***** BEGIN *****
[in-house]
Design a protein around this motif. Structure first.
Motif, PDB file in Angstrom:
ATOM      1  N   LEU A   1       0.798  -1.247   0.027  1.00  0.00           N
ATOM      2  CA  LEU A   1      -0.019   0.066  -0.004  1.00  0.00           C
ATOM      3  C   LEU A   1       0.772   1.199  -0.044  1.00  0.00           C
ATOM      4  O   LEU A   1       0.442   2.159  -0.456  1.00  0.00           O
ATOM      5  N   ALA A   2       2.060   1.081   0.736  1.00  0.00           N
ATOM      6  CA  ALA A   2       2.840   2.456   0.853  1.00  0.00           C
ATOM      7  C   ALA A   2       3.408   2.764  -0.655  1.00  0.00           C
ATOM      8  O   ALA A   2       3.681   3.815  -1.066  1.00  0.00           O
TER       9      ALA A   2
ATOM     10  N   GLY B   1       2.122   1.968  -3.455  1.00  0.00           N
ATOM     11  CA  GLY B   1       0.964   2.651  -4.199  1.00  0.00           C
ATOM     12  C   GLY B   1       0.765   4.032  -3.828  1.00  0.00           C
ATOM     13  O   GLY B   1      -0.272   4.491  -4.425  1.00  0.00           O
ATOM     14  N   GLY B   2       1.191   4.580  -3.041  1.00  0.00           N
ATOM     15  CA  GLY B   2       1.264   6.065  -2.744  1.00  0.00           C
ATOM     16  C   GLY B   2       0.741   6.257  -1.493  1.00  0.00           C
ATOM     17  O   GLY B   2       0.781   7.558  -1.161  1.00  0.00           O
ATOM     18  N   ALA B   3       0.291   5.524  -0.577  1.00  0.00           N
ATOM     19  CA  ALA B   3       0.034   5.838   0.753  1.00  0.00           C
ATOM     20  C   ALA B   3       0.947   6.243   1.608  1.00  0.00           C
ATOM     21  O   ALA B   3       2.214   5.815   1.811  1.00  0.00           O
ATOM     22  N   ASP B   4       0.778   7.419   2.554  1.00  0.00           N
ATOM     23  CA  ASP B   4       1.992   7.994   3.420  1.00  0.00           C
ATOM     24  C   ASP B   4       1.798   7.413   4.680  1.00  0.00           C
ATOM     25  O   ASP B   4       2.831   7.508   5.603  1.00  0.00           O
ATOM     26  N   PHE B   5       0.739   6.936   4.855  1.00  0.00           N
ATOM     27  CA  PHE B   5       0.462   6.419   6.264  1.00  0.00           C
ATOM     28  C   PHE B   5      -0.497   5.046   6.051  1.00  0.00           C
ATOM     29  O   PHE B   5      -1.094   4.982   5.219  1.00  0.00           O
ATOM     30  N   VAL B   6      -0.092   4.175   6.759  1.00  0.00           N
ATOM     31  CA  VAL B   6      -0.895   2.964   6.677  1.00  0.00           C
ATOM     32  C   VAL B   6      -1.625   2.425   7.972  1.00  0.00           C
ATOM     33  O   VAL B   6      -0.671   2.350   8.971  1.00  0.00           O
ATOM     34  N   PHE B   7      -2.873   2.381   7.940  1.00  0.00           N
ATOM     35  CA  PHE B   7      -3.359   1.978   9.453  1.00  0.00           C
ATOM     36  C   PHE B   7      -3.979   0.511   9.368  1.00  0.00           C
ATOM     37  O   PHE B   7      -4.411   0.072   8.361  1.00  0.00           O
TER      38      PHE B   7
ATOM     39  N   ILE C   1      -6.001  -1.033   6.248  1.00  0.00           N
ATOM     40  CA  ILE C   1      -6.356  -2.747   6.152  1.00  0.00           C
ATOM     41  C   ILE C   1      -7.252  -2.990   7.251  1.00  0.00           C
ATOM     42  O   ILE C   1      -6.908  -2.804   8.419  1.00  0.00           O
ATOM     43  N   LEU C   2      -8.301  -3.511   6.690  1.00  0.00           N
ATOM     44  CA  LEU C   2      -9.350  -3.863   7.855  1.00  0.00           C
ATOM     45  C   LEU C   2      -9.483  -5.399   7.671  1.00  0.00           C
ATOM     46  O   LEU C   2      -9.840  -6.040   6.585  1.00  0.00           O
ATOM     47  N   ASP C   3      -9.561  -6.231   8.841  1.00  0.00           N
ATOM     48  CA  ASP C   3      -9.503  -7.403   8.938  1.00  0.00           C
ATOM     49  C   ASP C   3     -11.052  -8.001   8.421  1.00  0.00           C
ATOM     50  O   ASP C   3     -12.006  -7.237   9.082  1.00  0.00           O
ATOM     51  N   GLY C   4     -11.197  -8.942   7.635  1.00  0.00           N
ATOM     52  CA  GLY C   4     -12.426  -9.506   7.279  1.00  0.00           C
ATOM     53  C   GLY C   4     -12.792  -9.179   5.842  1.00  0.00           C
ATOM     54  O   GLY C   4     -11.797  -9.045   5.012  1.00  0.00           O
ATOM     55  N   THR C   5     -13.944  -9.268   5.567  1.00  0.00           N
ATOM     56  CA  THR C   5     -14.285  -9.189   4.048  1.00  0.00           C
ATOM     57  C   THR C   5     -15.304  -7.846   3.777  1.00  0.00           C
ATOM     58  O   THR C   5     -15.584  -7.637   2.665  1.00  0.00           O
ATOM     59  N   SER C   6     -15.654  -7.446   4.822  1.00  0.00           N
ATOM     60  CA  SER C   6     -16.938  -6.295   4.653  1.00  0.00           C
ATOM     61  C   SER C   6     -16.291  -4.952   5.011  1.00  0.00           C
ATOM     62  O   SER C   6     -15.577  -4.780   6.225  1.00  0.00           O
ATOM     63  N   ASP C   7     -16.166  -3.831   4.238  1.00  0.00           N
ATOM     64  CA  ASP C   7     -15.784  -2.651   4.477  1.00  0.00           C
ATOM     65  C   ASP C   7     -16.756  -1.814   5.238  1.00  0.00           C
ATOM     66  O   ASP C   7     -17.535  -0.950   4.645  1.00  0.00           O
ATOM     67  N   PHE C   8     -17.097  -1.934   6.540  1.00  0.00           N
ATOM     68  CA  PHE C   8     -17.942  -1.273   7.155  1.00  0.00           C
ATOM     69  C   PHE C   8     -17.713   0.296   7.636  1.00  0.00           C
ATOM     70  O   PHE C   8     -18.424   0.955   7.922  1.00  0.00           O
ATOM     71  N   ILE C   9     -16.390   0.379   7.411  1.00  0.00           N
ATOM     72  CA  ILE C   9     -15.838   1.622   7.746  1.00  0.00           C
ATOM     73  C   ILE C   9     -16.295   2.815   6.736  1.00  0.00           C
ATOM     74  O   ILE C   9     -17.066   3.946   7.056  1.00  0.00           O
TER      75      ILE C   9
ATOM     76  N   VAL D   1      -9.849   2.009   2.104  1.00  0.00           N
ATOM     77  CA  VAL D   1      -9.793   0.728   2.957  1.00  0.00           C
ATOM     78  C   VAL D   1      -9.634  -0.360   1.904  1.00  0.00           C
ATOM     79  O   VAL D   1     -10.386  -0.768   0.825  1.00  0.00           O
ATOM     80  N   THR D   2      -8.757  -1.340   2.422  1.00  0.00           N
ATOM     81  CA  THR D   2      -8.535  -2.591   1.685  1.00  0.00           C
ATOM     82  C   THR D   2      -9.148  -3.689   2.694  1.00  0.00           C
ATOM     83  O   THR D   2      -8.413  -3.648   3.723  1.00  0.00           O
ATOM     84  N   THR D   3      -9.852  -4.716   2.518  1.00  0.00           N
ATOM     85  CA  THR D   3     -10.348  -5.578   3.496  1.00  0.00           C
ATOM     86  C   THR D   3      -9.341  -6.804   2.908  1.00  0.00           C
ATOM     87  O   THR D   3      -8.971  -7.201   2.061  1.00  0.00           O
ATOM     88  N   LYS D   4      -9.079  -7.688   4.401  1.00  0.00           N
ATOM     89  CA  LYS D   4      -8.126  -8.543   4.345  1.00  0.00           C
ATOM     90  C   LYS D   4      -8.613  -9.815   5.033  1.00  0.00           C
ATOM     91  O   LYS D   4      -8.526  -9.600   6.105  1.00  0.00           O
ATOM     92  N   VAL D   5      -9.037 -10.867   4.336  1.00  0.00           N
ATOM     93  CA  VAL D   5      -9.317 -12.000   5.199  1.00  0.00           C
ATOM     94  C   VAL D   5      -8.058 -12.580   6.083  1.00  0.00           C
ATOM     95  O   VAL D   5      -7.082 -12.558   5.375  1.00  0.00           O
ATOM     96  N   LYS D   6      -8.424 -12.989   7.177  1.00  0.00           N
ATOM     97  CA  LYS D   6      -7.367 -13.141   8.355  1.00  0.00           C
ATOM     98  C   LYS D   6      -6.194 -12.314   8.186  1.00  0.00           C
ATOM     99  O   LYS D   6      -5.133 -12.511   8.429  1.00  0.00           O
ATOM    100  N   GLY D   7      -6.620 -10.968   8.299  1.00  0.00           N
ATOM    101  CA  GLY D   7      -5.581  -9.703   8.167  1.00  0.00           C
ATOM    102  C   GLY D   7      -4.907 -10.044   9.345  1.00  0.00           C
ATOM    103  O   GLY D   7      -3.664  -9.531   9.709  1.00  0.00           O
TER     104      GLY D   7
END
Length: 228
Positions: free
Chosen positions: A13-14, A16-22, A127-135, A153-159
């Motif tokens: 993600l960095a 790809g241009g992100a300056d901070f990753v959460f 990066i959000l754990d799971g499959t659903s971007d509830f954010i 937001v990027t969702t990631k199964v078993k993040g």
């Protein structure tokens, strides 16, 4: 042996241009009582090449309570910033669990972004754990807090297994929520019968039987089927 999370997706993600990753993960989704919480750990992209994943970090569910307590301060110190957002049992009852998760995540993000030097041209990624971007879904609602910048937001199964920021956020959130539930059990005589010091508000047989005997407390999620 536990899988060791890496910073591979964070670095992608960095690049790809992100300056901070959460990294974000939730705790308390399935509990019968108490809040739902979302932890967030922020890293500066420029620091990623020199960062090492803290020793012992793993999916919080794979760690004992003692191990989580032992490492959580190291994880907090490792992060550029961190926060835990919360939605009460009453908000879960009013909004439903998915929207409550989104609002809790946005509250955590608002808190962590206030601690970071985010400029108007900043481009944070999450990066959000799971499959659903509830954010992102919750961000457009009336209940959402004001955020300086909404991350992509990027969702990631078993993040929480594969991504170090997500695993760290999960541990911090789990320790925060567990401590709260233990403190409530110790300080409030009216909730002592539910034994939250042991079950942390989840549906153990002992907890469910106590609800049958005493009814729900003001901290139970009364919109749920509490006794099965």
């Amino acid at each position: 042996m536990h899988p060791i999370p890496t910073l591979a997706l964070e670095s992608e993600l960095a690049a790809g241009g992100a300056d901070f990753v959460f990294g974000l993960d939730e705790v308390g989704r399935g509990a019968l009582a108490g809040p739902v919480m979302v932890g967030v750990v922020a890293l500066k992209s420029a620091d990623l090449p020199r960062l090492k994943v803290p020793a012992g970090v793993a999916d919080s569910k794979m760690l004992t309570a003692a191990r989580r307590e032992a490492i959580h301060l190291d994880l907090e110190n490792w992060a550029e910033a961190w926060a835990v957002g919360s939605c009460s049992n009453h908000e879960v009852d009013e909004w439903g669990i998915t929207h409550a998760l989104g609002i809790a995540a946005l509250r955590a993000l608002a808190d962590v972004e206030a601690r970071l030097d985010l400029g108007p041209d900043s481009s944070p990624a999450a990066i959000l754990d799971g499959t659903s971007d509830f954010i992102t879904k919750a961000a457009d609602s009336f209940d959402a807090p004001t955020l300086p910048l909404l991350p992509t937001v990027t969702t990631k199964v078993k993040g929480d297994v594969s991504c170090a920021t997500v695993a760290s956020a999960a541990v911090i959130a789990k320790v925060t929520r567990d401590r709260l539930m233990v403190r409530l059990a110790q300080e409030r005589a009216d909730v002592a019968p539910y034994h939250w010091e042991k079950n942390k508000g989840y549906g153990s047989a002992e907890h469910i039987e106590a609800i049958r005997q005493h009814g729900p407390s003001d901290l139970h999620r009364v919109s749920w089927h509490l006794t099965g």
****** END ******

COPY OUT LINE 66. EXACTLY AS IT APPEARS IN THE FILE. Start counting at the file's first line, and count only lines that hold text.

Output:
ATOM     63  N   ASP C   7     -16.166  -3.831   4.238  1.00  0.00           N